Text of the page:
Scicli (RG)

Away off the main tourist beat - but this delightfully sleepy baroque town is well worth a visit. My two calls, over a decade apart, revealed no change, except that the inevitable decay of fine buildings had advanced a little further. But Scicli seems a place that is content to decline gently - a nonagenarian who had fought in three wars told me that Scicli has the perfect climate - never too hot in summer, never too cold in winter: its senior citizens can snooze on their benches in the piazza all year round. In the UK, a building like the Palazzo Beneventano would be a heritage site with souvenir shop and tea-room. In Scicli it's just ageing beautifully and unselfconsciously. Note the small roped off area in the picture, where masonry could fall and maim you (not still there in 2005, though!); the rusting balustrade of the crinoline balcony, the eroding grotesques below it. Note the washing and the motorino. Here a fine old building is still very much part of the community - not segregated from real life.


Interior of San MatteoBut even here, things are changing. (Do I agree with Don Fabrizio in The Leopard who says "Se vogliamo che tutto rimanga come è, bisogni che tutto cambi" ?). Trying to exercise my Italian, I struck up a conversation with the son of the padrone in the charming trattoria where I was having lunch (La Taverna). Assuming that football would be a good opener - after all it was the only yesterday that Liverpool had beaten AC Milan to win the European Cup in Istanbul - I was amazed to find his interests were exclusively "pizza e computer". He and his sister were certainly a tribute to the calorific benefits of their father's pizze.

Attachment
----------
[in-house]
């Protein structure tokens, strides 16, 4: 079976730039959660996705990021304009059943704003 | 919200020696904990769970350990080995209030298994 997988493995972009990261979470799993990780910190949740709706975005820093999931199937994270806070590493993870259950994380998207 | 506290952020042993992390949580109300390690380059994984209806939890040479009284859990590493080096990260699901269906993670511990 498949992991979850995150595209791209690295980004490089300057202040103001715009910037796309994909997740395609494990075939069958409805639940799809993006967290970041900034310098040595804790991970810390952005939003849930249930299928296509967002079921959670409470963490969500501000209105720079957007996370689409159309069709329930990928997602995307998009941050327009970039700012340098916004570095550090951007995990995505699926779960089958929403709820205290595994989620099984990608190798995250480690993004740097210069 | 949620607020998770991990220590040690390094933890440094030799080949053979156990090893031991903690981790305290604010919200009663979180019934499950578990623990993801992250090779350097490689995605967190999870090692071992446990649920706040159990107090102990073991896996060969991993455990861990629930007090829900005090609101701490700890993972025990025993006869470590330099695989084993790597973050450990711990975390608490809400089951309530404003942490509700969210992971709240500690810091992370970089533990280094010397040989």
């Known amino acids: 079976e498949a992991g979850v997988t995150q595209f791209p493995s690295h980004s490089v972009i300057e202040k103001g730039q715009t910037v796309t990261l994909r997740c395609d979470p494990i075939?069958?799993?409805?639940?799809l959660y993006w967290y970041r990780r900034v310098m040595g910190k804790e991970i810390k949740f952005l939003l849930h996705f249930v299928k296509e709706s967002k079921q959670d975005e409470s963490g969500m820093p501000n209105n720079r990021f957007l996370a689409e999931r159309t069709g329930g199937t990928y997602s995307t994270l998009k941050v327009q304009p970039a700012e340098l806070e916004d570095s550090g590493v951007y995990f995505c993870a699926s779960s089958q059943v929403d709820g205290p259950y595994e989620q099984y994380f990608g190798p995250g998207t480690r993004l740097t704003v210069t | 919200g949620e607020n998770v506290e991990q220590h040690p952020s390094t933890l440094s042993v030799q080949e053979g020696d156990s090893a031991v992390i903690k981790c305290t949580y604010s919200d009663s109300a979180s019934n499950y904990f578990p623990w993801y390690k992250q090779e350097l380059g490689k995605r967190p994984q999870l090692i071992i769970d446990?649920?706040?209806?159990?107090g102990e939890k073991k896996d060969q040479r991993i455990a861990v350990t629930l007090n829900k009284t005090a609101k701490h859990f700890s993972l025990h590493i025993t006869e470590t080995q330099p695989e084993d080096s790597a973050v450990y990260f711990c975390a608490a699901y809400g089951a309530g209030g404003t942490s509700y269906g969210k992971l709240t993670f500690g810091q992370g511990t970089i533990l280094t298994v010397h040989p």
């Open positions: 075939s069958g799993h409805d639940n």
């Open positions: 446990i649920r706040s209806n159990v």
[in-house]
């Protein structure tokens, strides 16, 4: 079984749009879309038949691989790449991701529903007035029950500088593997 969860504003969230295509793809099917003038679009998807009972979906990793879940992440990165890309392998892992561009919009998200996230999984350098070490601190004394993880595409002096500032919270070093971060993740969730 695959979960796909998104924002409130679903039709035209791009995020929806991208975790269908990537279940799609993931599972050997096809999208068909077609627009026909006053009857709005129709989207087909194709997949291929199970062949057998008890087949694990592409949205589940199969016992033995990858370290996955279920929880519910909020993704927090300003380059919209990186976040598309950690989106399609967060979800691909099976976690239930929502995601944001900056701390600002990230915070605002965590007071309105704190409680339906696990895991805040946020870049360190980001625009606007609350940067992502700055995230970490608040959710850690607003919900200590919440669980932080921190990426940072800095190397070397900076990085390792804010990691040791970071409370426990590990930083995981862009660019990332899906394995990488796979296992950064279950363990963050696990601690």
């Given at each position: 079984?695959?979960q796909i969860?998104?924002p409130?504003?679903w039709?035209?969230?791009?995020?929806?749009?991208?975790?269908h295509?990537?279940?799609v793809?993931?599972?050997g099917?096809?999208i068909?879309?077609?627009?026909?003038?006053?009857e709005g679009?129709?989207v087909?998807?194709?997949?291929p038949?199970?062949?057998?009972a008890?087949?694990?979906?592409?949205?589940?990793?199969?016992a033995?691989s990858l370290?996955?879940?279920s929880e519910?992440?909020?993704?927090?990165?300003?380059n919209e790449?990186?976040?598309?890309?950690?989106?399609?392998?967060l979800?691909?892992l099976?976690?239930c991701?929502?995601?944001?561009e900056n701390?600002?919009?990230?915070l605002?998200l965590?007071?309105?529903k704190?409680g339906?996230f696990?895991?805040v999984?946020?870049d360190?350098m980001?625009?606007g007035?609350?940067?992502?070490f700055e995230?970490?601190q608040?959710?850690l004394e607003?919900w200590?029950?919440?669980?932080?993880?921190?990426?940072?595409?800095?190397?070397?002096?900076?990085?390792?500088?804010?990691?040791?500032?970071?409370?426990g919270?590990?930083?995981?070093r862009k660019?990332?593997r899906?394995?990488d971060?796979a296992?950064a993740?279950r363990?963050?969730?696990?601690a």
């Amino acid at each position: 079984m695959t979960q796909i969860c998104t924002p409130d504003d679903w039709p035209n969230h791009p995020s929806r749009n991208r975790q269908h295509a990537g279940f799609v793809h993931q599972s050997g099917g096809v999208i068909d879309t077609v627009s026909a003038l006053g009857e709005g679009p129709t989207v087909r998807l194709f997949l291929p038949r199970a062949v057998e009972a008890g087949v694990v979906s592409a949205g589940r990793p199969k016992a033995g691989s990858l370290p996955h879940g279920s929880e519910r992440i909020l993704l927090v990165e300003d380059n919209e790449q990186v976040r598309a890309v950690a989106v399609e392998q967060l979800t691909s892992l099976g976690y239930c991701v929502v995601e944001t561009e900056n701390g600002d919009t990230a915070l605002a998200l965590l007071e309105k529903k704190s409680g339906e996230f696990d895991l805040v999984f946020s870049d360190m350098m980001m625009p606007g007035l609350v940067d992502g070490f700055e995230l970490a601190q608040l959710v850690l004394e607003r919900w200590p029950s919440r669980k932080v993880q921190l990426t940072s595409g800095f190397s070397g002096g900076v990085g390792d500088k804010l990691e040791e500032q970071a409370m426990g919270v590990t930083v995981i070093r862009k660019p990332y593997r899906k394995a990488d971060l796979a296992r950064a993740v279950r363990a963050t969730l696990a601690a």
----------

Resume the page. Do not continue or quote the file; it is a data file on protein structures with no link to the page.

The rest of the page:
After lunch one takes a brisk stroll up the hill past the Palazzo Beneventano to the derelict church of S. Matteo. It soon becomes an overgrown track, as you pass a ruined chapel. The view is worth the effort, especially if you go on to the top of the Colle S. Matteo.


Use the table below to find your way around Sicily:

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